Backstage, he faced a furious director who demanded “What are you doing to my show?” Jon said “It’s not your show mate. The audience wanted more – what are you gonna say? No?”

He almost didn’t get the role in Pirates, because the producers were looking for someone with operatic skills, and were not overly keen on casting rock-god Jon. Jon shrugs and grins, “So I can’t sing opera, but I’ve been known to hold a tune.”

His comic timing made the Pirate King a performance to remember, and he says he’s lucky to have learnt from the best. He used to sit in the Rock Chair on Blankety Blanks, with Graham Kennedy. By watching Graham, he learnt the art of treading the line of timing that is just perfect, or just off. “It’s a difficult thing to know, when to shut up and listen, and when not to.”

And Jon has no intention of slowing down, determined to pursue further goals. He wants to see a professional Australian production of his musical, Paris. Professionally produced in Germany, it has only had amateur stagings in Australia. “It’s hard to get Australian work done in Australia. I think there’s still a cultural cringe towards our own work. It’s sad.”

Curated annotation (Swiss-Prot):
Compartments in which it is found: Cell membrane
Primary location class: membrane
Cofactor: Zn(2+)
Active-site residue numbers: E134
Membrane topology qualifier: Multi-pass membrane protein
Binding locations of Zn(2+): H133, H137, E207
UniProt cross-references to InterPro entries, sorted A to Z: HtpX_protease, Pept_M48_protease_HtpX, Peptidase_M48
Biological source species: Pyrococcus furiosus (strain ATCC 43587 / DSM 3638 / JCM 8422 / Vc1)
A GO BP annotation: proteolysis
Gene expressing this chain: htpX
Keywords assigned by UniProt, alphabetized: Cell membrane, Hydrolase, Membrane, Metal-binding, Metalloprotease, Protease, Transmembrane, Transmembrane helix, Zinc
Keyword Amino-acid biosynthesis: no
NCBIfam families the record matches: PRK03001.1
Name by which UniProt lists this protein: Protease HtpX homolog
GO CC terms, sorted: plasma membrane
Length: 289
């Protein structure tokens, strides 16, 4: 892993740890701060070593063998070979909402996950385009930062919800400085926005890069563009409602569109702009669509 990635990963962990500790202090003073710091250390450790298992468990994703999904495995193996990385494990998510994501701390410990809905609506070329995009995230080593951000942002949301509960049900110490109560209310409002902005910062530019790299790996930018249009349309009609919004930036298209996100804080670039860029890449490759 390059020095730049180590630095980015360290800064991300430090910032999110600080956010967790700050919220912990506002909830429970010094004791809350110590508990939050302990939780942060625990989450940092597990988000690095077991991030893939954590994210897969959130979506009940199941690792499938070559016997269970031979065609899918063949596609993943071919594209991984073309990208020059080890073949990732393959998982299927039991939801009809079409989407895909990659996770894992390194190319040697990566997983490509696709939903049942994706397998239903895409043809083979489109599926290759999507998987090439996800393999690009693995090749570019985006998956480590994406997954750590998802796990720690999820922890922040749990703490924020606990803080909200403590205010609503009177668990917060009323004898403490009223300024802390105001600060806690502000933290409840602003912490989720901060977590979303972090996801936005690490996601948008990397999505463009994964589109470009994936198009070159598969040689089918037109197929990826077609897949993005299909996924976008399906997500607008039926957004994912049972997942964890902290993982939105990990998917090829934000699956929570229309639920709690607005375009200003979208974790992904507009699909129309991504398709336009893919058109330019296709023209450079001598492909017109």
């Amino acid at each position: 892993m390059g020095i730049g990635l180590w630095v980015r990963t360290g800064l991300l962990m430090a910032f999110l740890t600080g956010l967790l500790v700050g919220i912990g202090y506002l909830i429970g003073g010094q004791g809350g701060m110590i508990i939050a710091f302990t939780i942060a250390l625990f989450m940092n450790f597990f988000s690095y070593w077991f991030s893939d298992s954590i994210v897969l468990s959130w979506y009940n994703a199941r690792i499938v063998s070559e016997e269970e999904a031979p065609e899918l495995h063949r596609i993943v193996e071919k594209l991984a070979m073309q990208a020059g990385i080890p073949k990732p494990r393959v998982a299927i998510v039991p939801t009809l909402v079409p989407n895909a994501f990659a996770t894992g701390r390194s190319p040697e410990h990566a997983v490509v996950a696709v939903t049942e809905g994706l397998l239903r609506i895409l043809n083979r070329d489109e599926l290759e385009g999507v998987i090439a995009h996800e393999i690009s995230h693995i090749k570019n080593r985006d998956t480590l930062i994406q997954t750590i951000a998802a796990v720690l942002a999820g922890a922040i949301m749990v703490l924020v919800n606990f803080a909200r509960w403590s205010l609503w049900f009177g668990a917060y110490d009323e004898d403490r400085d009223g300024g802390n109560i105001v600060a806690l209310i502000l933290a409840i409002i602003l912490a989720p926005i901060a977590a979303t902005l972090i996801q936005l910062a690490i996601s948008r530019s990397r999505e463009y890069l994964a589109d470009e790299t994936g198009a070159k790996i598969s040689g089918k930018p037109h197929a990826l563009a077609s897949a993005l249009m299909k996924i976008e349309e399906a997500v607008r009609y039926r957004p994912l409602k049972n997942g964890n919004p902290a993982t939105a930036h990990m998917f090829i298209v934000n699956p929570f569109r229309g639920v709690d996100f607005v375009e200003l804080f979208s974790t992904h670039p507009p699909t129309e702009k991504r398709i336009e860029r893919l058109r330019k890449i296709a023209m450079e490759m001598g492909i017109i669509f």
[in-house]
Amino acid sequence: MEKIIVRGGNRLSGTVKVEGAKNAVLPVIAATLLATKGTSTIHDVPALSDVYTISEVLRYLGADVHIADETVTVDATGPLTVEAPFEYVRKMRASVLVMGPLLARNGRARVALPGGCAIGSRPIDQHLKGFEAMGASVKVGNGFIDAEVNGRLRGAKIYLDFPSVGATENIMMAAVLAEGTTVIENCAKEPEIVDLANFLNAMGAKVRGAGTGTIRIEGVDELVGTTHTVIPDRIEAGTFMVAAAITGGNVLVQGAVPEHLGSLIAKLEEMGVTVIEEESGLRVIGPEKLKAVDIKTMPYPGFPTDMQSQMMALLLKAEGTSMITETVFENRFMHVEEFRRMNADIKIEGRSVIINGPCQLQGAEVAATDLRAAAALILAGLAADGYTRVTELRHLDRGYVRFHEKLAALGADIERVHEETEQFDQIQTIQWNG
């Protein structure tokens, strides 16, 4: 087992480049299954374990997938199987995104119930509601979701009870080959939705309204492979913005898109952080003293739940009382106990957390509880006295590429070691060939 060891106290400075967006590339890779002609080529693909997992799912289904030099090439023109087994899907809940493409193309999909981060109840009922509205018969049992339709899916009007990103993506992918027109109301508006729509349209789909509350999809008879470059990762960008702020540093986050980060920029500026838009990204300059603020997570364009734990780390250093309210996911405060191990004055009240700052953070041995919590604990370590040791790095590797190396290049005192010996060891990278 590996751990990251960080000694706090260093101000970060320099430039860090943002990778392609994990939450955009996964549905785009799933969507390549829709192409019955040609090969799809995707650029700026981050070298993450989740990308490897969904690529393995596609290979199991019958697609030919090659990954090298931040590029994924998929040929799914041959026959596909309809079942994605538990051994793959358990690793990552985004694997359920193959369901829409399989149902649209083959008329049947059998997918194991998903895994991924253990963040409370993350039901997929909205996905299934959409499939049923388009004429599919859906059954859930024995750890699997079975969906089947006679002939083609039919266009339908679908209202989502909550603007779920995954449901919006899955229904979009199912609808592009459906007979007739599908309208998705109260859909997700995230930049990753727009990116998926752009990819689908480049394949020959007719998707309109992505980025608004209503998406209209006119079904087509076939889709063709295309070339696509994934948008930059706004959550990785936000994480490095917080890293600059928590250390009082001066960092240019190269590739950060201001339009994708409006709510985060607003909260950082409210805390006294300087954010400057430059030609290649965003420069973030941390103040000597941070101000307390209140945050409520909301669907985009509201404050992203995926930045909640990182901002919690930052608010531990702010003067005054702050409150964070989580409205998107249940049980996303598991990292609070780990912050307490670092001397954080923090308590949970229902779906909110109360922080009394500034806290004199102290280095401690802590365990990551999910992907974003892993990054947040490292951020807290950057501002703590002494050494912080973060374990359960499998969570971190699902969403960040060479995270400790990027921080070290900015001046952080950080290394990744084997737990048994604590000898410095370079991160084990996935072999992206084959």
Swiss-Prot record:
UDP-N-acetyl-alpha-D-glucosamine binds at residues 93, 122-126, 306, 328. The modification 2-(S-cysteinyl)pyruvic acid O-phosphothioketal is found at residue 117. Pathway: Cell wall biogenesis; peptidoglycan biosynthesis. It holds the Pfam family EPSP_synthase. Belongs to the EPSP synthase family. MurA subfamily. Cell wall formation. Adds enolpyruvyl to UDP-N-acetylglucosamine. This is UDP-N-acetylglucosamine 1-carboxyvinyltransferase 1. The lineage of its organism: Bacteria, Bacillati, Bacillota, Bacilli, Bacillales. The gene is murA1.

Beyond The Rock Show and Rock Show More, Jon plans to write his autobiography – “It would be a cliche if I didn’t!” He wants to look back on the days of true Rock ‘n’ Roll. “People sometimes say that something is “Like the Beatles” or “Like it was in the 70s.” No way. It simply can’t be like it was back then. Us Baby Boomers, we were the biggest generation. There were so many of us, and we made the biggest, craziest audiences. The hugest audience Australia has seen was in Adelaide, right on Rundle Mall, when the Beatles flew in. I remember those days, and I’m telling you, there’s nothing like it now.”

But that won’t keep him from trying. He plans to perform until the day they carry him off stage in a box, and beyond that, well, at least we’ll have the Jon English tribute bands.


The Rock Show performs in Adelaide at Her Majesty's Theatre, Friday 20 January and at Barossa Arts and Convention Centre Saturday 21 January, 2012. Further details www.therockshow.com.au



Image credits:-
Top right – Stuart Smith and Jon English
Bottom right – cast of The Rock Show